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Transboundary Water Resources: Opportunities for International CooperationEPA Grant Number: U915936
Title: Transboundary Water Resources: Opportunities for International Cooperation
Investigators: Hecox, Eric B.
Institution: Indiana University
EPA Project Officer: Jones, Brandon
Project Period: January 1, 2001 through January 1, 2003
Project Amount: $97,750
RFA: STAR Graduate Fellowships (2001) RFA Text | Recipients Lists
Research Category: Academic Fellowships , Economics and Decision Sciences , Fellowship - Environmental Decision Making
Today's most pronounced common pool resource problems occur in the international arena. Critical environmental problems such as stratospheric ozone loss, global climate change, management of the oceans, and the depletion and degradation of regional aquifers, rivers, and lakes can only be solved at the international level. Current research regarding these international common pool resources (or transboundary resources) has focused extensively on bilateral and regional conflict associated with environmental scarcity. Many scholars predict that environmental problems and resource scarcity will increasingly precipitate international strife. As nations face growing internal environmental scarcity and degradation, international conflict over resources and the environment is bound to intensify. Transboundary resources, however, bring more than just conflict to the international arena. Environmental scarcity can be a catalyst for international cooperation. With the formation of bilateral and regional institutions, state and nonstate actors have cooperated in a variety of situations to protect common pool resources. Through these institutions, nations have attempted to avert potential conflict by engaging in environmental cooperation. There is, however, little understanding of the strength of these institutions. The objective of this research project is to address the following: (1) What is the foundation of these international agreements? Around which environmental problems are these institutions likely to form? (2) Are these cooperative agreements sufficiently robust for dealing with increasingly scarce resources?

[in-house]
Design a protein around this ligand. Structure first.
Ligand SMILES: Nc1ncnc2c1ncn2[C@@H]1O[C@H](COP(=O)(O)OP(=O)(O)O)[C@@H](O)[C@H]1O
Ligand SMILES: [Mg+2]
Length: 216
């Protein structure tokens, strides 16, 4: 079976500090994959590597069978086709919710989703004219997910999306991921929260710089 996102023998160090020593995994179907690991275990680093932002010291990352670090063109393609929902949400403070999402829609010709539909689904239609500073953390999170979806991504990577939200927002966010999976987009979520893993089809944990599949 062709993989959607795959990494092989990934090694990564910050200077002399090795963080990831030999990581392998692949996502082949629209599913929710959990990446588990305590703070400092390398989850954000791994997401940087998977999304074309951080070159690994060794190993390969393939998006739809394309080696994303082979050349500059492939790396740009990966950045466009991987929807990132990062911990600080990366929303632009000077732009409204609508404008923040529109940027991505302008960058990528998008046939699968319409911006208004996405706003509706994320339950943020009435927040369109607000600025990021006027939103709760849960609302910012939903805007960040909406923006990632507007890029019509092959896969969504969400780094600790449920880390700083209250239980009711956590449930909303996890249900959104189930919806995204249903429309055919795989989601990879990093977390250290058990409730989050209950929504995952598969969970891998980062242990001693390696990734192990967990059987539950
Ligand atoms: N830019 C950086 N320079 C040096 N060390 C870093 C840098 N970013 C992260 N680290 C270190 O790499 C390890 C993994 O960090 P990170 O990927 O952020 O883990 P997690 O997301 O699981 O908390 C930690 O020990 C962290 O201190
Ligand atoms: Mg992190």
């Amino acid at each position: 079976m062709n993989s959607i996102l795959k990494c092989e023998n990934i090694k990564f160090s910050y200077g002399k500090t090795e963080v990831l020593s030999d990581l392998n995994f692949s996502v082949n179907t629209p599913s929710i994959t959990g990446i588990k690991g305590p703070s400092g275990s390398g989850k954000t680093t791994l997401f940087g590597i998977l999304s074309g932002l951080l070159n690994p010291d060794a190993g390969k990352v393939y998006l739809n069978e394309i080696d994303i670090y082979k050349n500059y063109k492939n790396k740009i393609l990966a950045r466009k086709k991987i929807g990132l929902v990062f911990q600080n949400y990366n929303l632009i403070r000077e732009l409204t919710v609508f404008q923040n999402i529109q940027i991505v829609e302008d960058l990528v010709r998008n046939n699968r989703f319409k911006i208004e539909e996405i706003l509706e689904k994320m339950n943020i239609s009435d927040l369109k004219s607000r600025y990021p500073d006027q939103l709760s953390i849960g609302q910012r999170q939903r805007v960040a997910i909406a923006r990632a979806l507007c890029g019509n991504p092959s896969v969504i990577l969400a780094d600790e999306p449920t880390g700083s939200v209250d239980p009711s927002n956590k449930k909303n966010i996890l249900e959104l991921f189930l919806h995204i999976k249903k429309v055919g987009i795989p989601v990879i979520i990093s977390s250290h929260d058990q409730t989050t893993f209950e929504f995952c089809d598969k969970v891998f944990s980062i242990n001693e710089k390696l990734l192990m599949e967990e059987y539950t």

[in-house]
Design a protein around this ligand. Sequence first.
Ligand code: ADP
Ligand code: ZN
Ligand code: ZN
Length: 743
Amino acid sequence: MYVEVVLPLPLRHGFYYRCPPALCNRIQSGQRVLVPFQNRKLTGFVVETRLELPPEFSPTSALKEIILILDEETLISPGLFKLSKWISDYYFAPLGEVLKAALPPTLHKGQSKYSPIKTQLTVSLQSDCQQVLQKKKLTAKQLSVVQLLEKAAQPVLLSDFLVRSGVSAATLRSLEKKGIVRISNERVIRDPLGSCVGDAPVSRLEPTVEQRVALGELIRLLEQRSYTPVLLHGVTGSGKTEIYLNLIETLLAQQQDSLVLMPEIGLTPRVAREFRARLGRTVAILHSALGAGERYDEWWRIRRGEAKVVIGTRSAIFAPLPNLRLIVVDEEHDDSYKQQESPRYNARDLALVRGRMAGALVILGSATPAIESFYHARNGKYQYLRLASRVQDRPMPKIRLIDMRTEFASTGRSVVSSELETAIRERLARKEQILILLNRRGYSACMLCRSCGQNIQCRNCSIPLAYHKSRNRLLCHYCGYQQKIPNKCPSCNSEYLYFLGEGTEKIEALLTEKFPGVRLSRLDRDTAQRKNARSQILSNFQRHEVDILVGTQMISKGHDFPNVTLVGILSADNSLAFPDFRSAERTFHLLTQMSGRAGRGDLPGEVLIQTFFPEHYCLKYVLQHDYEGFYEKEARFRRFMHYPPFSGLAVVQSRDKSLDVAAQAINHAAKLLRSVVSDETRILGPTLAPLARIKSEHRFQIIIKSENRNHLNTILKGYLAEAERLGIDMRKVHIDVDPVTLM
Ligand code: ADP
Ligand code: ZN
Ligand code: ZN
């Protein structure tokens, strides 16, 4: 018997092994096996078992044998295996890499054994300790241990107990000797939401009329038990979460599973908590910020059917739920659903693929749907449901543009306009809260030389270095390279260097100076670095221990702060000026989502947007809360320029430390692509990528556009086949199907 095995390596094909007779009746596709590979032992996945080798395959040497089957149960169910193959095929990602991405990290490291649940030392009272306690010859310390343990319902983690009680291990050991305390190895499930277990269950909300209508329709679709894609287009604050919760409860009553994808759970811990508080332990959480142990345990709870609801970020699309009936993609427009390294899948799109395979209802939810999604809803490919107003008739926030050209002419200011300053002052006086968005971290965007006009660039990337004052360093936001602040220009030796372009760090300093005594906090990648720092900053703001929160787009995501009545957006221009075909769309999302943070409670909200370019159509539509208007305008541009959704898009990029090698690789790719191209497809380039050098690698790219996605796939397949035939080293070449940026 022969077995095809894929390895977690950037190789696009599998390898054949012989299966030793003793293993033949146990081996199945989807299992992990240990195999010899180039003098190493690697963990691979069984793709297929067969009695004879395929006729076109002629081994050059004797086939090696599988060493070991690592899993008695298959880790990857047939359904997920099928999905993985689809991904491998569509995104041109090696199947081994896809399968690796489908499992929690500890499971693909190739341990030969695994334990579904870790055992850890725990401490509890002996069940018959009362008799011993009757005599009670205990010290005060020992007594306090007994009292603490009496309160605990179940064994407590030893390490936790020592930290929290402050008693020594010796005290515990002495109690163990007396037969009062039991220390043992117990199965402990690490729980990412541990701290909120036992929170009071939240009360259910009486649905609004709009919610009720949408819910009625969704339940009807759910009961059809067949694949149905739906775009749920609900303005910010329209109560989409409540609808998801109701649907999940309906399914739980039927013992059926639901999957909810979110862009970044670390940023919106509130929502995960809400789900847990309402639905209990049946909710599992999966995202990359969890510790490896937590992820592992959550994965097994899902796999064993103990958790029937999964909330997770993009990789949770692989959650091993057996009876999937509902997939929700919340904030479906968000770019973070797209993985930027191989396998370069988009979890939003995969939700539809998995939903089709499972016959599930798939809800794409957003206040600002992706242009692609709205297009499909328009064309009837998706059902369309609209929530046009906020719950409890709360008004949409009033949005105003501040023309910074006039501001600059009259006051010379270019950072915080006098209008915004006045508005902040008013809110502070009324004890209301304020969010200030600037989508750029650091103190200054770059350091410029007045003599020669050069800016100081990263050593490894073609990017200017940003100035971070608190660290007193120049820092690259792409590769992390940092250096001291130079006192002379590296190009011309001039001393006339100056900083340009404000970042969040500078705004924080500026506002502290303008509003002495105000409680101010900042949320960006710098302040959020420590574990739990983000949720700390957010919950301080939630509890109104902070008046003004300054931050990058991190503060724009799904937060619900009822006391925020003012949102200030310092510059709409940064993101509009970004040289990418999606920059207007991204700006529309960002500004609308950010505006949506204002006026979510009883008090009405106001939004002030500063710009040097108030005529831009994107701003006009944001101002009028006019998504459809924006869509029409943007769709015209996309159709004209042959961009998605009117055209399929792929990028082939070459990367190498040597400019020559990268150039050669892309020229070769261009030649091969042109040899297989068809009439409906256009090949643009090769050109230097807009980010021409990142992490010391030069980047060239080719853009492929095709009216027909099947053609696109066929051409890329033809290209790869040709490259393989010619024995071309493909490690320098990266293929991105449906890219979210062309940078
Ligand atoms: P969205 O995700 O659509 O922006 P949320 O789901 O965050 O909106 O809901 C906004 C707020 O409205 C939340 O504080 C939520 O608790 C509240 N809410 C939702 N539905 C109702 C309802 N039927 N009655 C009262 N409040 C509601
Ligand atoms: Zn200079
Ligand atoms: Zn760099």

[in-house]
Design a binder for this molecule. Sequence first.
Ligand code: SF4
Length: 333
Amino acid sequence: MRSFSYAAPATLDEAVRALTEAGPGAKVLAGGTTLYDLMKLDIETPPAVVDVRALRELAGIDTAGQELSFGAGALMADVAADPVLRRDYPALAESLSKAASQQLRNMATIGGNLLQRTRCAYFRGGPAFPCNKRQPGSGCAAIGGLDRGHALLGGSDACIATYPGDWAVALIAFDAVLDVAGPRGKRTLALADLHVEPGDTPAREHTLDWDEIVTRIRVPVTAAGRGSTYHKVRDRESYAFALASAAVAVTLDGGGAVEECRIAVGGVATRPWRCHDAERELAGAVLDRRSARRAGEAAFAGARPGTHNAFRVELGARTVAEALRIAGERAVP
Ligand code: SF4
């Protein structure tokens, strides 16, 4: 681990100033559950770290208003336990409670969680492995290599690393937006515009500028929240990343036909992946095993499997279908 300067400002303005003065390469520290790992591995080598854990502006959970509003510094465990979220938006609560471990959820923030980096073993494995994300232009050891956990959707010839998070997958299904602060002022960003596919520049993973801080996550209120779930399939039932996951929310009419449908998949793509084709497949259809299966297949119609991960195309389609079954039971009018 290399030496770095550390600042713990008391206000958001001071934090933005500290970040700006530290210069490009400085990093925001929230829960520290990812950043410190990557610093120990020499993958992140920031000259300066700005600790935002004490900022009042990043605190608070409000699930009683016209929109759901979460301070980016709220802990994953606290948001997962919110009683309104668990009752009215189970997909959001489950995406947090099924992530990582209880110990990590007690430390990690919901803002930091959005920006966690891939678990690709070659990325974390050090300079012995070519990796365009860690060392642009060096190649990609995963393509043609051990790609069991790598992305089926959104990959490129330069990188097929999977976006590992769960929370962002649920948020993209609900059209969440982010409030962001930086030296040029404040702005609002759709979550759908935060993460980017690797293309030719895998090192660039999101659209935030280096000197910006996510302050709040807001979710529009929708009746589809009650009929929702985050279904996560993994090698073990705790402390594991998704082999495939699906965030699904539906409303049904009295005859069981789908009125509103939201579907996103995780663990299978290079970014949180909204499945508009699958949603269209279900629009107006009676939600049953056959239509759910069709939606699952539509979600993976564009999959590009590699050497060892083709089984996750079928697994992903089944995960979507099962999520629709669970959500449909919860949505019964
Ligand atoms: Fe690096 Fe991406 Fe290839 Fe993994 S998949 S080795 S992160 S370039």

The vital, yet broad, theoretical questions regarding international environmental cooperation can only be investigated in the context of specific examples. Perhaps the richest area for this type of investigation is international agreements governing the use of water. My research will focus on a comparative analysis of specific cases where nations have developed cooperative institutions to manage transboundary water resources. For each case study, I will identify the scientific, economic, political, and historical conditions under which these international cooperative institutions were formed. A comparative analysis of these parameters will result in a comprehensive matrix of conditions necessary for international cooperation over water resources. This investigation will lend insight into how and why these cooperative institutions form. The creation of international cooperative institutions, however, is not adequate for sustainable management of water resources. These institutions will have to be sufficiently robust to deal with increasing scarcity. An analysis of each case will, therefore, include an examination of institutional strength and the likelihood of future success. Through such a comparative analysis, it will be possible to identify the characteristics that make transboundary resource agreements not only feasible, but potentially successful.